Common Visa Application Mistakes To Avoid

The process of obtaining a U.S. visa is complex and can sometimes be lengthy. If you make a mistake during the application process, you will see firsthand just how true this statement is. To somewhat simplify this process and keep your stress level lower, learn some of the common application mistakes people make so that you can avoid them:

Ignoring Timelines

Visa applications don't progress at your pace. Instead, the time for completion is based on the type of application you're completing, whether you require administrative review and the caseload of your local office so you will need to contact them first to see how much time is required. If you ignore this guideline and wait to file your application or petition, there is no guarantee you will have your visa approved in time.

Not Providing Supporting Documentation

The citizenship and immigration service office is one place where your word means very little. They aren't going to simply take your word for it, you have to provide documentation to support each statement you make. When you fail to do so, you open the door to a denial. In fact, your application may not even be reviewed if there is no supporting documentation included within the packet, leading to an automatic denial.

Providing Inaccurate Information

Inaccurate information is treated the same as deliberately false information, meaning it can lead to an automatic denial and sometimes further investigation. You are required to provide information that you know to be entirely accurate. If you are not certain of something, it's best to research it first before you include the information on your application. To expound on the first tip, this is a perfect example of why it's important to begin the application process early to leave time for research.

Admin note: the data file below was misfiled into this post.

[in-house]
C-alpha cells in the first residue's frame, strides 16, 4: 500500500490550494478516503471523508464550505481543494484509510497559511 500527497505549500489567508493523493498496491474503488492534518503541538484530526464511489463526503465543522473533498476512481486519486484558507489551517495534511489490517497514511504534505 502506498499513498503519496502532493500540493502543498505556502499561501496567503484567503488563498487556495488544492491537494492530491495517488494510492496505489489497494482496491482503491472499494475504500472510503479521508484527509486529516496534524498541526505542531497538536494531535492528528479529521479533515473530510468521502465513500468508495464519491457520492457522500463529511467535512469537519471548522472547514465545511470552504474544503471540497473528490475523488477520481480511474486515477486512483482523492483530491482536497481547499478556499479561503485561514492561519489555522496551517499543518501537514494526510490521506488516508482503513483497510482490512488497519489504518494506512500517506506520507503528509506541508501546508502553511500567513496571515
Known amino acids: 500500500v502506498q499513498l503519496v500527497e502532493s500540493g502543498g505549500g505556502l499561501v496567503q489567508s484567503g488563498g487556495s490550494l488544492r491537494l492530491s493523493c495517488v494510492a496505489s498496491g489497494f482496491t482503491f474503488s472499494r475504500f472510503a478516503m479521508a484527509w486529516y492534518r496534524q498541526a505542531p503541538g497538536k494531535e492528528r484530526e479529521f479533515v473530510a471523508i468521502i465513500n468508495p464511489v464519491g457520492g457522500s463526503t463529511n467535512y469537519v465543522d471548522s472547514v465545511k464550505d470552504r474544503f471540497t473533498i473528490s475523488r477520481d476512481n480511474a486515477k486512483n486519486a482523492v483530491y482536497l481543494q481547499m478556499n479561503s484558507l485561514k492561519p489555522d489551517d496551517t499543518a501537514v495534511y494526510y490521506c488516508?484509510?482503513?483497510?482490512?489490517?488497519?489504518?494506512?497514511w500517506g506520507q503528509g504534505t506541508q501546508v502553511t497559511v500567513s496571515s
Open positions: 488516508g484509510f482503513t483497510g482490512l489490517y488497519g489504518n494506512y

Not Researching Requirements

Ensure you are taking the time to research the requirements for the type of visa you are seeking, as every visa has its own requirements. For instance, with an employment visa, simply having an employer in the U.S. who is planning to hire you isn't always enough. In some instances, you will also need to hold a certain type of degree or specific training for the role you are planning to work in. If you don't, the application can be denied.

A major part of avoiding these mistakes is working with an attorney. Attorneys aren't just well versed on the laws that pertain to immigration and visas, they can also be especially helpful with the application process, helping you avoid these and many other mistakes.  

Contact a family law office for more information and assistance.